When an Elderly Loved One Needs Extra Help
Family members of aging adults typically travel one of two paths to becoming a caregiver: the sudden sprint, or the gradual march.
The sudden sprint towards providing care for a loved one is often set off by an unexpected event—a stroke, a fall, complications from surgery—which acts as a catalyst, escalating your family member’s care needs practically overnight.
The gradual march in the direction of caregiving is less abrupt. You can’t say exactly when it began, but you’ve started noticing little changes in how your family member interacts with the world around them. Perhaps they’re getting lost while driving to the grocery store, maybe they’re having trouble keeping track of their medications, or balancing their checkbook—tasks they’ve performed countless times over the years, without any problems.
If an aging family member is consistently exhibiting these kinds of behaviors, they may soon be in need of extra care.
Here are 22 common signs your loved one may need extra help:
Sleeping too much or too little
Unexplained burns and bruises (especially on the legs and arms)
Unusual carpet stains
Excessive clutter (several weeks’ worth of newspapers, piles of junk mail)
Unusual odors (urine, garbage)
Not enough food in the house
Failure to turn off stove, or water after use
Abusive behavior (most likely verbal)
Lack of motivation
Uncharacteristically anti-social behavior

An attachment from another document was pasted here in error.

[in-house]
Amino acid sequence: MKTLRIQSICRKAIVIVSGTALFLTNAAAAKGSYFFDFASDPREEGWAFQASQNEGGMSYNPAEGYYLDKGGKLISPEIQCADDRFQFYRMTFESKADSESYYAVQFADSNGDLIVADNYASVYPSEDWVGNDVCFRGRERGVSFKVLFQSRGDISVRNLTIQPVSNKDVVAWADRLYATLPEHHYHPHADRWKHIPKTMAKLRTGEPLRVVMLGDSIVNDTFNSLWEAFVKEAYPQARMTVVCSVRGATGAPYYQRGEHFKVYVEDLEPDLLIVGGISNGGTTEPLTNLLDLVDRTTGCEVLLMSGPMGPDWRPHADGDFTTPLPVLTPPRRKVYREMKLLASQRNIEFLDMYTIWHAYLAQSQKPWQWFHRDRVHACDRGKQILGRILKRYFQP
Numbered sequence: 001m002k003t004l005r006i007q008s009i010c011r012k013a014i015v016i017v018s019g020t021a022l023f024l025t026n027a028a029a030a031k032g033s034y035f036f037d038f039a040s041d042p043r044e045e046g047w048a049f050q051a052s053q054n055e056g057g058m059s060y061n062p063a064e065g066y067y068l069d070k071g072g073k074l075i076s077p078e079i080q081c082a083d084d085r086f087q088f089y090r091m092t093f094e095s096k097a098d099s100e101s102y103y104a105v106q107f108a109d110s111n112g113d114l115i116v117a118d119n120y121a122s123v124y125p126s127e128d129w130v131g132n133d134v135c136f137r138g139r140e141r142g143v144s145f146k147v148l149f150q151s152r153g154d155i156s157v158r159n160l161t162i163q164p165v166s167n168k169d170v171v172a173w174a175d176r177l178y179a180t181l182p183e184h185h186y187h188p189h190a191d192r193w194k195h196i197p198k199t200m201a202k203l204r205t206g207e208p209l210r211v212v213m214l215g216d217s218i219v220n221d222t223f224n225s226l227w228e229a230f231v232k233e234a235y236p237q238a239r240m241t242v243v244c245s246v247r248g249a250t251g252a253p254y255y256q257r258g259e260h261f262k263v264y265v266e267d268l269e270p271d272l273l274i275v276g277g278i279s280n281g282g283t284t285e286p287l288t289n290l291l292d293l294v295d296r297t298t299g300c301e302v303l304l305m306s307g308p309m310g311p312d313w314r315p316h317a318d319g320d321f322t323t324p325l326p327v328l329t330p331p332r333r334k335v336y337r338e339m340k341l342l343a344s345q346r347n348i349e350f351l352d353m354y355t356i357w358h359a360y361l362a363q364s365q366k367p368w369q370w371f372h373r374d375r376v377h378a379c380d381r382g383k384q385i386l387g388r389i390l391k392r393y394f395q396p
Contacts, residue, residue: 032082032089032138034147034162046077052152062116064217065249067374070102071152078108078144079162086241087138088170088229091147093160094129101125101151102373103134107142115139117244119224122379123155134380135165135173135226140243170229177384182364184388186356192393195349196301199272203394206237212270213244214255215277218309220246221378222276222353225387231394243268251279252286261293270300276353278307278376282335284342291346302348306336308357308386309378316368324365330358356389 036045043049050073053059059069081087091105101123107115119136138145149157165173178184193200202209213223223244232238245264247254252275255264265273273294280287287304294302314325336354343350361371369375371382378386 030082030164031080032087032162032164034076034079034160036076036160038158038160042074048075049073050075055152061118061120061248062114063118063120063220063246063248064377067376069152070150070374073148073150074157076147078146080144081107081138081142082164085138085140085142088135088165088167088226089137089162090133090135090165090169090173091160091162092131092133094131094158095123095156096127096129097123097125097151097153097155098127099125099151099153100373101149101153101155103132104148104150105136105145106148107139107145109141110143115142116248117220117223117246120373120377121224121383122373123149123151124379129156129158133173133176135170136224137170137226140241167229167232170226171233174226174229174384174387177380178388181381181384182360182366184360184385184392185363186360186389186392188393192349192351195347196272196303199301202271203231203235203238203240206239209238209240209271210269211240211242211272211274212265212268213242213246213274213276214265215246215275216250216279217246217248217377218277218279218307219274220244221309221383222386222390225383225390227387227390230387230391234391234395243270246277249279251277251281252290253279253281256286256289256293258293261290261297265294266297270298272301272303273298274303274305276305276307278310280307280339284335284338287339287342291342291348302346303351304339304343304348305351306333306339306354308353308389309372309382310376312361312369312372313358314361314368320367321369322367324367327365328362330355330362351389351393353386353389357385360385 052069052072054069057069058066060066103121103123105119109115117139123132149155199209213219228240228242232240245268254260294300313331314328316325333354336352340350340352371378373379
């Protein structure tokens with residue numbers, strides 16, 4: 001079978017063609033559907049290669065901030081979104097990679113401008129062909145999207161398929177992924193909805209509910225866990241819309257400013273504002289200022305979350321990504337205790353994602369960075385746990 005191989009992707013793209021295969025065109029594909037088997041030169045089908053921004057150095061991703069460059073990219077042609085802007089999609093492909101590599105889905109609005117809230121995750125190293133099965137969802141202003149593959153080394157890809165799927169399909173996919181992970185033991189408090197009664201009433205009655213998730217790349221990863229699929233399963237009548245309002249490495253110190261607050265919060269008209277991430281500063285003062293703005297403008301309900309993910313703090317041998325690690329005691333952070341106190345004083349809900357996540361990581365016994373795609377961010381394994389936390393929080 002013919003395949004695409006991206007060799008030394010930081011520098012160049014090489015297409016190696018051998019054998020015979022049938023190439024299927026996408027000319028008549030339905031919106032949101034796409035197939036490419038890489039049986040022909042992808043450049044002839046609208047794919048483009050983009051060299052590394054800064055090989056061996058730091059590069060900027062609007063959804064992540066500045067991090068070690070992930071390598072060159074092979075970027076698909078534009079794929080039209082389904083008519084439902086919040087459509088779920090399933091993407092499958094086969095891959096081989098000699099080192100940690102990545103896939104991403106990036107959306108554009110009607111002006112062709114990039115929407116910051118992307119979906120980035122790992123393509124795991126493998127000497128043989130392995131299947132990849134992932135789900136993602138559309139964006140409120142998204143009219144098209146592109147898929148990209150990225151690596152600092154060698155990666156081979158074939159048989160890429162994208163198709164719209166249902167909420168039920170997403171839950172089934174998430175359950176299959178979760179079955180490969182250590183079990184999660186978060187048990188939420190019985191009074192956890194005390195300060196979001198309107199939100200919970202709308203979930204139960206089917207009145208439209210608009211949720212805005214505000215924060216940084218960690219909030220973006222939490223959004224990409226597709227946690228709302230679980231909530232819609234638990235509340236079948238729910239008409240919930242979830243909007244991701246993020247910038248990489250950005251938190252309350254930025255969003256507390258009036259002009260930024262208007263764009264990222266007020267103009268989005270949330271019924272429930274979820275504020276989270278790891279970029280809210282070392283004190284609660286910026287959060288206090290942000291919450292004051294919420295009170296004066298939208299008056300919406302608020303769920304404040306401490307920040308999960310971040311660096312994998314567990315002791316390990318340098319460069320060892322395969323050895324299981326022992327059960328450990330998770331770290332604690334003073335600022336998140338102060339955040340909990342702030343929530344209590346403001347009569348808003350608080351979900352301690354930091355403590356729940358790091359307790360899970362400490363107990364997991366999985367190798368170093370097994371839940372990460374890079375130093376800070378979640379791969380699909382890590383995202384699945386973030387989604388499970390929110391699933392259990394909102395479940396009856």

Dents and scratches on the car
Unfilled or untaken prescriptions
Whether these problems appear suddenly or slowly, they are all warning signs that indicate your loved one is having trouble attending to their own needs.
Being able to identify the presence of these red flags as soon as possible will enable you, your aging loved one, and the rest of your family to come up with a plan that ensures everyone’s needs get met.
Normal Aging, or Alzheimer’s Disease: What’s the Difference?
As a loved one ages, one of the questions that may come up for you and your family is how to tell the difference between the cognitive changes associated with “normal aging,” and those that could signal serious health conditions, such as dementia.
At this time, there’s no definitive way to distinguish between benign memory slips, Alzheimer’s, or other forms of dementia, but it may help to consider this as a general rule of thumb: occasionally misplacing the car keys is normal, while forgetting what to do with them is not.
Here are a few additional indicators that your loved one’s cognitive troubles may be caused by something more serious than the simple advance of age:
- Bad judgment (poor financial decisions, public outbursts)
- Movement issues (stiff movements, hunched posture)
- Loss of inhibition (saying or doing socially inappropriate things)
- Language problems (can’t form coherent sentences)
- Hallucinations and delusions (seeing things that aren’t really there)
- Trouble performing familiar tasks (can’t remember how to get to the doctor’s office)
- Memory loss that interrupts daily life (regularly forgets recent conversations)
Ultimately, it’s up to you and your family to determine if, and when, a loved one’s cognitive issues warrant investigation by a medical professional.
Provided courtesy of AgingCare.com, the go-to destination for family caregivers. AgingCare.com offers resources and support for those taking care of elderly parents. This article is one of a series of articles included in the eBook, Family Caring for Family. Download your free copy at www.AgingCare.com/ebook.
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